Charm of Gelatin Silver Prints VI

Feb. 19[Wed.]―Mar. 14[Sat.], 2020 11:00-19:00
Gallery closed on Sunday, Monday, and national holidays.

The 20th Century was the age of gelatin silver prints. Photographers created many works with this method, the most advanced medium of the time. However, it would be no exaggeration to say that with the advancement of digital cameras, gelatin silver prints, which were so central to the analog photography of the 20th century, disappeared. But gelatin silver prints have a certain flavor that can't be captured by digital photography. There is an intrinsic quality that is born from the material and methods that have held on for 100, 200 years of history. The arrival of new technologies weeds out the old, but just as new technologies have their benefits, there is also a traditional charm cultivated by the old ways over long years. To encourage the survival and appreciation of these old techniques, Toki-no-Wasuremono first presented the "Charm of Gelatin Silver Prints" series in 2009. For its sixth edition, we will present works by Narahara Ikko, Fukuhara Shinzo, Fukuda Katsuji, Kazama Kensuke, Sugawara Ichigo, Atget, and Man Ray, as well as photo-dessin (which are technically gelatin silver prints) by Q Ei to commemorate the 60th anniversary of his death.

Narahara Ikko(1931- 2020)
Joined Ikeda Masuo and Ay-O's group "Jitsuzaisha" in 1955. He sent a shock through the photography world with his solo exhibition Human Land, a presentation of his photographs which captured the lives of the inhabitants of Gunkanjima and Sakurajima, Kagoshima, where he visited while studying art history in Waseda University's graduate program in 1956. In 1958 he established himself as a representative figure of the new generation of photgraphers with his publication of Domains, a parallel photobook focusing on the lives of prisoners and monks.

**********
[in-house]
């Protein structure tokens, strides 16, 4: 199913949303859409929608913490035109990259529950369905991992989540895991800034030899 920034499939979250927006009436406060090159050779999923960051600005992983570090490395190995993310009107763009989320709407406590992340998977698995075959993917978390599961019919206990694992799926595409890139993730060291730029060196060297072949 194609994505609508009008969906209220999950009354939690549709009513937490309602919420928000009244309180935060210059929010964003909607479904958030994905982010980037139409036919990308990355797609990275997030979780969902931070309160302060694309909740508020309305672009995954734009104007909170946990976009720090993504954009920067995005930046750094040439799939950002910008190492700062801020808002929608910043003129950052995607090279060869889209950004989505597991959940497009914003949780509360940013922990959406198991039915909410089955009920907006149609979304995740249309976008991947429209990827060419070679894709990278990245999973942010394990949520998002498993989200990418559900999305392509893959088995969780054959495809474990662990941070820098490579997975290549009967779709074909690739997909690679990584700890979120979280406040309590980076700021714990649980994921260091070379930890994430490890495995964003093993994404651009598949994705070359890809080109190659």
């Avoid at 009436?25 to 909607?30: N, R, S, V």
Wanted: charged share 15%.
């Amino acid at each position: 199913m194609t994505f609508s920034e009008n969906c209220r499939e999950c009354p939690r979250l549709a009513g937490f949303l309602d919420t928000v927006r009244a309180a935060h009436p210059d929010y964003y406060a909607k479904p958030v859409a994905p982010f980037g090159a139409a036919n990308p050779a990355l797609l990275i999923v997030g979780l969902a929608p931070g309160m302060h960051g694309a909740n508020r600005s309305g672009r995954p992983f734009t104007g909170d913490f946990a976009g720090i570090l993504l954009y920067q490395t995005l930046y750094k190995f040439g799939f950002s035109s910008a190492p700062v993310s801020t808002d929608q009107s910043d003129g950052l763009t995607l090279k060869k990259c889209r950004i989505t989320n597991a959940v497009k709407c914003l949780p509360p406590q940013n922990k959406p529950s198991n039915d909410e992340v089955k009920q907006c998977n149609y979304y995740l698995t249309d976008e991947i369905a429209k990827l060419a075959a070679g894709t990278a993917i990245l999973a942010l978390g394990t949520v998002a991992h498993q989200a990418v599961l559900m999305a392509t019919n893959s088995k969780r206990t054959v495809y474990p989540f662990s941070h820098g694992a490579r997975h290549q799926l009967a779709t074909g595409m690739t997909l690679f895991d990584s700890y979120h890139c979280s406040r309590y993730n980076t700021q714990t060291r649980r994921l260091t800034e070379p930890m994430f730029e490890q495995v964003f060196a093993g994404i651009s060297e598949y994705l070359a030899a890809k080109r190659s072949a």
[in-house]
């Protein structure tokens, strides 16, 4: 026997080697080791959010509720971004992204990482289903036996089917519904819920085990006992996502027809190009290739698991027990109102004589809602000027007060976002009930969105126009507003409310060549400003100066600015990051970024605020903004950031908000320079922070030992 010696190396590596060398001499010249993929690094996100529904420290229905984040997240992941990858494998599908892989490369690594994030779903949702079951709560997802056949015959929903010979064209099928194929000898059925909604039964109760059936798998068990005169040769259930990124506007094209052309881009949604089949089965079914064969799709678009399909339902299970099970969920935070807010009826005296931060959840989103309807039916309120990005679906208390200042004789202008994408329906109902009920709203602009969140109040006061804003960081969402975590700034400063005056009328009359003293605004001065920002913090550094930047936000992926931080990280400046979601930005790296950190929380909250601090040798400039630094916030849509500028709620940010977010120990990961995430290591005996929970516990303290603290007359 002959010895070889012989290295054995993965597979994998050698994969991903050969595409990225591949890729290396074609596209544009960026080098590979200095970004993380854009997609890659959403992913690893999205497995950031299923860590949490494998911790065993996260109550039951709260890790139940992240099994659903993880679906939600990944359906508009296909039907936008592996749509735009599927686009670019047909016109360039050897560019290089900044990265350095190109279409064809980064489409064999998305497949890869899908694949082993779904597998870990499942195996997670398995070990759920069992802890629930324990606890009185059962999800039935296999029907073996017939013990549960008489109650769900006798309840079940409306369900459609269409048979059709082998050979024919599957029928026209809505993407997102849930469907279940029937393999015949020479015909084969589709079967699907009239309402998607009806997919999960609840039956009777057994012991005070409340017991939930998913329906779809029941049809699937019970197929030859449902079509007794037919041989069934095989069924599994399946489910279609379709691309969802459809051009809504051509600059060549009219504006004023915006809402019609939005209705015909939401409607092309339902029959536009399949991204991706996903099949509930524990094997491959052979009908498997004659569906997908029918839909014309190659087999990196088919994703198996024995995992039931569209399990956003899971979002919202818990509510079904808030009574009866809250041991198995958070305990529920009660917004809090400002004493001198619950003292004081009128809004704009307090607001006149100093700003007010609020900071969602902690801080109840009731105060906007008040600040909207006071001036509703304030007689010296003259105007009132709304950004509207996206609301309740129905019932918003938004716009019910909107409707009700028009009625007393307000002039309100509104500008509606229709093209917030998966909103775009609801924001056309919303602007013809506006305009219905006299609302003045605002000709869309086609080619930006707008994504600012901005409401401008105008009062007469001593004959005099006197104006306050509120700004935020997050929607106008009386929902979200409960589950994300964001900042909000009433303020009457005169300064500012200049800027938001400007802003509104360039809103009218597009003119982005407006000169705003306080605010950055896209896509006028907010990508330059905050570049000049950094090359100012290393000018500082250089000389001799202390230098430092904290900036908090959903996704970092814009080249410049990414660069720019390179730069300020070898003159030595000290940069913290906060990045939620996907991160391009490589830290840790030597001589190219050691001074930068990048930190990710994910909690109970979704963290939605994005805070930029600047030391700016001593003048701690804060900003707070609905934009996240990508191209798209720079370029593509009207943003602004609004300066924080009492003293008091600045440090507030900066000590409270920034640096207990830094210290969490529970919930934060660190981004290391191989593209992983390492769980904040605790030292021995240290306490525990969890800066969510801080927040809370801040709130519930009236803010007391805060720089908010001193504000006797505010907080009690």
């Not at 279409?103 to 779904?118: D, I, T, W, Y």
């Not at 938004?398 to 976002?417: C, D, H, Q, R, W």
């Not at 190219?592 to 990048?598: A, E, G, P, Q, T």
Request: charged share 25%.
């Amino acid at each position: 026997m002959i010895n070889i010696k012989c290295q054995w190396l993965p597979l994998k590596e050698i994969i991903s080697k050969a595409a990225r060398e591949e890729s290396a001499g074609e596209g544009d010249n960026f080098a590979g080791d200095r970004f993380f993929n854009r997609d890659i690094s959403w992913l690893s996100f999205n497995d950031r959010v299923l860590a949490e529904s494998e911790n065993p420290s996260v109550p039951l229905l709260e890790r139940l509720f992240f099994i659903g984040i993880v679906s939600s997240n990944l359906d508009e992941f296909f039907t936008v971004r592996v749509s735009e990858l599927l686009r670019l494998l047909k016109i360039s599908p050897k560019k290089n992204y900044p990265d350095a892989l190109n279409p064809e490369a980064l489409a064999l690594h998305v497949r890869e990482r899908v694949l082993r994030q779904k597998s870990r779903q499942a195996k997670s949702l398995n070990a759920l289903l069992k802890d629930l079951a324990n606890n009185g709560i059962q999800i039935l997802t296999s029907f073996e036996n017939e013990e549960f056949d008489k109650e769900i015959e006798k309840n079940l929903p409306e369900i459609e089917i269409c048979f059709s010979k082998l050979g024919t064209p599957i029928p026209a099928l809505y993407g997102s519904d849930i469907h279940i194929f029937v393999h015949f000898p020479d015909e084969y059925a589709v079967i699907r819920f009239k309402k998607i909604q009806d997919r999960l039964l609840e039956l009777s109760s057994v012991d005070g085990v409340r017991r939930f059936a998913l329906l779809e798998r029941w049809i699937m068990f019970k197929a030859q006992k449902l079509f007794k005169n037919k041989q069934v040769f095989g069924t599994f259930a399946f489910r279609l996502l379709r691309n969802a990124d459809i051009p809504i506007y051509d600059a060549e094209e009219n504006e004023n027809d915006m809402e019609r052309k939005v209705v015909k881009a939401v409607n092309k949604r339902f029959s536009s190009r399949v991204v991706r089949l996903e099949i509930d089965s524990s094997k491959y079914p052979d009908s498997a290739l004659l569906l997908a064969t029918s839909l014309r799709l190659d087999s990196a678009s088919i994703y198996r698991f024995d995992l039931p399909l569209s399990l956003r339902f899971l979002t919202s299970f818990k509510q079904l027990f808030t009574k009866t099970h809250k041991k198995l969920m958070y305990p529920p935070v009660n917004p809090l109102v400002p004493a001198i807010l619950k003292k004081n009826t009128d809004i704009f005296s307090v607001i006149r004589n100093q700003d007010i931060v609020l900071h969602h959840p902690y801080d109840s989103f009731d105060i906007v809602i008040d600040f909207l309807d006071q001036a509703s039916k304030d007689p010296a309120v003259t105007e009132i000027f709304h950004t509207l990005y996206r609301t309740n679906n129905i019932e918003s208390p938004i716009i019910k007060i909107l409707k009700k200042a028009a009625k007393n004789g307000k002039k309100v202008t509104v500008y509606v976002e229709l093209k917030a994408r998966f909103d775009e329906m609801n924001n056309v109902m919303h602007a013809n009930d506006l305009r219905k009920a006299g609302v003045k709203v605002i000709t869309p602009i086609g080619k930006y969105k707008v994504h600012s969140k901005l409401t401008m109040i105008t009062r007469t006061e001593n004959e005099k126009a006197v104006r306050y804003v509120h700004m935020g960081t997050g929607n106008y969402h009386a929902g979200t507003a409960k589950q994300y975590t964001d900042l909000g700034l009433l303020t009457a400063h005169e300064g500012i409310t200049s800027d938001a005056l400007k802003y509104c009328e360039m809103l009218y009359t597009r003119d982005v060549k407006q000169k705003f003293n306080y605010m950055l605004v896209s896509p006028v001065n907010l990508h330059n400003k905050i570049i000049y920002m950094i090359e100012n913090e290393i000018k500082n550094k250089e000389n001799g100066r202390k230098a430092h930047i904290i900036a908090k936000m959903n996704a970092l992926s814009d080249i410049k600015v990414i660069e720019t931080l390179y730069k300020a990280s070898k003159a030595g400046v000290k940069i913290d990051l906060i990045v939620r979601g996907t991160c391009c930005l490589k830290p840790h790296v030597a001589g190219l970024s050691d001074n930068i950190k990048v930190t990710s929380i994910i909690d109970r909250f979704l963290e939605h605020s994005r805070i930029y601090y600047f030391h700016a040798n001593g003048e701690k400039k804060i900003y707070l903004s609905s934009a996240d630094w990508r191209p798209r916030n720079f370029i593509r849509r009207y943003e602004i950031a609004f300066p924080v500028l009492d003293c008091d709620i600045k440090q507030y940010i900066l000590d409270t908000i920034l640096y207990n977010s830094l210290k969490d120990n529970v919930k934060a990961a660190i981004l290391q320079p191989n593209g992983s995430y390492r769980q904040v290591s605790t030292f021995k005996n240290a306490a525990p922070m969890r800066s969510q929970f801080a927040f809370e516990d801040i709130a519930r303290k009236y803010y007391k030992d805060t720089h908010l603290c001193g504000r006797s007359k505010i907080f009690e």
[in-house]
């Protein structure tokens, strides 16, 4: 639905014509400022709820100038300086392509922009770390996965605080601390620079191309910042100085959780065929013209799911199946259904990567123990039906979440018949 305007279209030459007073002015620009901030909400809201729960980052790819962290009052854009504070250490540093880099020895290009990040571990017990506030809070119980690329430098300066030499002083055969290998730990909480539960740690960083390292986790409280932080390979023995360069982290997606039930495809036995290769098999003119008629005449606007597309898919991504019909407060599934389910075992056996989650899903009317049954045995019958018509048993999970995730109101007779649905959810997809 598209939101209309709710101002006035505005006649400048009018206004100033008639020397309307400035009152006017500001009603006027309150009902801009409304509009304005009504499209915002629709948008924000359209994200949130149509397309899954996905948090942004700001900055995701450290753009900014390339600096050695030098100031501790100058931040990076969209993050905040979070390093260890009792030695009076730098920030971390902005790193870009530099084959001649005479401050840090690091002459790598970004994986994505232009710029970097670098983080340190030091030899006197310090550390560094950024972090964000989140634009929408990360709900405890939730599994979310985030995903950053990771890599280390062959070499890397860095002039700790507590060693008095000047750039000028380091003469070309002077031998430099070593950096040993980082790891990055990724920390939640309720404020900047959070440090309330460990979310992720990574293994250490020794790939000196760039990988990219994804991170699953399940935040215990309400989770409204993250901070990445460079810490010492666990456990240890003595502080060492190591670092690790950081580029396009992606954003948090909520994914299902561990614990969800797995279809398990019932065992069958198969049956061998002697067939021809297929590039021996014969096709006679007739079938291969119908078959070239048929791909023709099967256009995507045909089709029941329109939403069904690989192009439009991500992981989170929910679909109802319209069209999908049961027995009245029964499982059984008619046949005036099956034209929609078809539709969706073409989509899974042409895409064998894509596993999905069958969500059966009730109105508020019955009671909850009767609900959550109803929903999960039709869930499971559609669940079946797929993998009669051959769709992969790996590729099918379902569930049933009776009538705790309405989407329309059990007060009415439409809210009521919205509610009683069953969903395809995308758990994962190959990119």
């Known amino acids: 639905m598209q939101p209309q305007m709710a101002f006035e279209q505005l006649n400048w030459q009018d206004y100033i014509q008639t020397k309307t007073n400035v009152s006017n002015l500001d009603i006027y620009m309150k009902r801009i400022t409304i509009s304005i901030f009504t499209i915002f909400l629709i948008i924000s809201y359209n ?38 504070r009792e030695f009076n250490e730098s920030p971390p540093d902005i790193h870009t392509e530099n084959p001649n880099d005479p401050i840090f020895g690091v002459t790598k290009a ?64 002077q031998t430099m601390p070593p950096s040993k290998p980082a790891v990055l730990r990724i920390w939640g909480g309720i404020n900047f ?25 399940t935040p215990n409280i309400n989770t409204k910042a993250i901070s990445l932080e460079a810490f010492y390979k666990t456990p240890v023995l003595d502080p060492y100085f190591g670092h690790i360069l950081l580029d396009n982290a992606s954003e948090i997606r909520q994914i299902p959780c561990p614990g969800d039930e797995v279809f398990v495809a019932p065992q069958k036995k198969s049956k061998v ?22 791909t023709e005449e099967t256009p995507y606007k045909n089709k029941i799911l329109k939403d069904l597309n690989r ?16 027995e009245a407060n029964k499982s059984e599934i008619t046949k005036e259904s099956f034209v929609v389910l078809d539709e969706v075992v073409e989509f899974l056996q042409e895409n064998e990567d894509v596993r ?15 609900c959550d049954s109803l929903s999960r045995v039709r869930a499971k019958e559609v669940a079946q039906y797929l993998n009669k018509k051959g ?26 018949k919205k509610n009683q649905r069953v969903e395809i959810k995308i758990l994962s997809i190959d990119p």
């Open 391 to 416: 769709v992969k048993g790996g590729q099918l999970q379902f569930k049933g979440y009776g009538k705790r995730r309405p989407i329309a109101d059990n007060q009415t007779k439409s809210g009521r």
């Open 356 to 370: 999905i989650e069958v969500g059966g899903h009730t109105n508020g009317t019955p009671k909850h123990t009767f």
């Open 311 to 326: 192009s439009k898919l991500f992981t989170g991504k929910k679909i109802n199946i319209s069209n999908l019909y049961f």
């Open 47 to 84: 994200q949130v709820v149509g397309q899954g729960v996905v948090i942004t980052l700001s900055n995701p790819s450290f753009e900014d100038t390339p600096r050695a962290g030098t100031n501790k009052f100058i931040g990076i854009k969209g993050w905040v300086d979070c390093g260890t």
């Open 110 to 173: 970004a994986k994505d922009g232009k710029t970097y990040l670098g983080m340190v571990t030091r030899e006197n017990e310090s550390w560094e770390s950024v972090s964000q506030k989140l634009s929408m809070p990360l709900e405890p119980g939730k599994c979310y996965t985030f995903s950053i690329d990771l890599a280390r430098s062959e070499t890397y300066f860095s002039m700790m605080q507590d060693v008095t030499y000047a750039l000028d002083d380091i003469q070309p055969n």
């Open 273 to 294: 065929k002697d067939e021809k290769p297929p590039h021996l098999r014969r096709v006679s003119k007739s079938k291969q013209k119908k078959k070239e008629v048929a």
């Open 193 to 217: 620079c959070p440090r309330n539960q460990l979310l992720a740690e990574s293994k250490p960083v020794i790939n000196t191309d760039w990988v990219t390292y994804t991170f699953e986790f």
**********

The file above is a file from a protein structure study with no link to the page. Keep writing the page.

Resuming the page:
Afterwards, he moved his base to the United States and Europe, and continued to take photographs using various methods, winning many awards internationally and gaining global acclaim. However, he collapsed from illness and was under treatment until Januray 19 of this year, when he passed away. He was 88.

Fukuhara Shinzo(1883 - 1948)
The son of the founder of Shiseido Company, Fukuhara Arinobu. From a young age, Shinzo dreamed of being a painter, but he studied medicine at the behest of his father. After graduating from Chiba Medicial School (now the School of Medicine, Chiba University) in 1908, studied abroad in the United States. In the States, he visited many art museums, and during travels to Paris, befriended many Japanese painters. He took the mantle of Shiseido Company upon his return to Japan, and in 1919 established the Shiseido Gallery in Ginza and supported budding artists at what today is the oldest art gallery in the country. In addition to his role as the first president of Shiseido Company, he also kept a constant hand on his camera and left behind many photo works. Along with Nojima Yasuzo, Fukuhara is considered a pioneer of contemporary Japanese photography as it dawned between the end of the Taisho period and the beginning of Meiji.